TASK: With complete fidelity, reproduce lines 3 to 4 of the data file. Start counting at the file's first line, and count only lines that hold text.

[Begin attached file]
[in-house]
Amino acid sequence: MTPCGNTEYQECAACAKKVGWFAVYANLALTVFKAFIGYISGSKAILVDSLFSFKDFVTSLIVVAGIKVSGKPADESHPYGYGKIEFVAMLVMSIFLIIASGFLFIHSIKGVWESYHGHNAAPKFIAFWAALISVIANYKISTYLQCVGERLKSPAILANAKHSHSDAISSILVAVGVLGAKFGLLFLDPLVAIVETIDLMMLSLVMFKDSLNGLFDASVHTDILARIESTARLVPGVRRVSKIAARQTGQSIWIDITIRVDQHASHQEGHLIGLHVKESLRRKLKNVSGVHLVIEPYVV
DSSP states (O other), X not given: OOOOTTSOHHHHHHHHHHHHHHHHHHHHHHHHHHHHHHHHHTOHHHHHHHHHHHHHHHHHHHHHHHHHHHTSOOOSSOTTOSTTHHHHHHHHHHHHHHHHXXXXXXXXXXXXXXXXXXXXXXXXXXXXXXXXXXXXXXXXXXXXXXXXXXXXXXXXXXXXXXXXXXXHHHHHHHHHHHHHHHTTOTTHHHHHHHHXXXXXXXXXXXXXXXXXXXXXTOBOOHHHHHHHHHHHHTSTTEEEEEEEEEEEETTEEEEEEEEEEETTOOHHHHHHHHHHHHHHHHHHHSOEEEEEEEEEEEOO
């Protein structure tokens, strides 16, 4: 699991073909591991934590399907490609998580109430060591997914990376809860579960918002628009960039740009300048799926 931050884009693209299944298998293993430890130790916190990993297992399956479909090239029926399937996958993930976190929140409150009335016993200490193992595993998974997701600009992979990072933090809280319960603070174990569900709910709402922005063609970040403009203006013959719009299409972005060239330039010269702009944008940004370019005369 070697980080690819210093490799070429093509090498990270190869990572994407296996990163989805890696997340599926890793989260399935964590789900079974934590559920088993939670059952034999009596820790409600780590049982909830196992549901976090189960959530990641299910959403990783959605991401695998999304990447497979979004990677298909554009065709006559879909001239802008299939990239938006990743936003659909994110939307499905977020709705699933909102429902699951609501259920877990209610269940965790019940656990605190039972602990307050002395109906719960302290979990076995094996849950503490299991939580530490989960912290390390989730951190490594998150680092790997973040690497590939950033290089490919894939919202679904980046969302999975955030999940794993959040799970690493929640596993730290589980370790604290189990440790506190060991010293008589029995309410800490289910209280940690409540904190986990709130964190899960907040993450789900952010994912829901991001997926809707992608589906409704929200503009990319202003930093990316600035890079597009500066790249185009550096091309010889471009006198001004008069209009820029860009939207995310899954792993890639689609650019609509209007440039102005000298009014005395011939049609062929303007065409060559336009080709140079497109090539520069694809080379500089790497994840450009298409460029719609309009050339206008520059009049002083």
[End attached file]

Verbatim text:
DSSP states (O other), X not given: OOOOTTSOHHHHHHHHHHHHHHHHHHHHHHHHHHHHHHHHHTOHHHHHHHHHHHHHHHHHHHHHHHHHHHTSOOOSSOTTOSTTHHHHHHHHHHHHHHHHXXXXXXXXXXXXXXXXXXXXXXXXXXXXXXXXXXXXXXXXXXXXXXXXXXXXXXXXXXXXXXXXXXXHHHHHHHHHHHHHHHTTOTTHHHHHHHHXXXXXXXXXXXXXXXXXXXXXTOBOOHHHHHHHHHHHHTSTTEEEEEEEEEEEETTEEEEEEEEEEETTOOHHHHHHHHHHHHHHHHHHHSOEEEEEEEEEEEOO
């Protein structure tokens, strides 16, 4: 699991073909591991934590399907490609998580109430060591997914990376809860579960918002628009960039740009300048799926 931050884009693209299944298998293993430890130790916190990993297992399956479909090239029926399937996958993930976190929140409150009335016993200490193992595993998974997701600009992979990072933090809280319960603070174990569900709910709402922005063609970040403009203006013959719009299409972005060239330039010269702009944008940004370019005369 070697980080690819210093490799070429093509090498990270190869990572994407296996990163989805890696997340599926890793989260399935964590789900079974934590559920088993939670059952034999009596820790409600780590049982909830196992549901976090189960959530990641299910959403990783959605991401695998999304990447497979979004990677298909554009065709006559879909001239802008299939990239938006990743936003659909994110939307499905977020709705699933909102429902699951609501259920877990209610269940965790019940656990605190039972602990307050002395109906719960302290979990076995094996849950503490299991939580530490989960912290390390989730951190490594998150680092790997973040690497590939950033290089490919894939919202679904980046969302999975955030999940794993959040799970690493929640596993730290589980370790604290189990440790506190060991010293008589029995309410800490289910209280940690409540904190986990709130964190899960907040993450789900952010994912829901991001997926809707992608589906409704929200503009990319202003930093990316600035890079597009500066790249185009550096091309010889471009006198001004008069209009820029860009939207995310899954792993890639689609650019609509209007440039102005000298009014005395011939049609062929303007065409060559336009080709140079497109090539520069694809080379500089790497994840450009298409460029719609309009050339206008520059009049002083």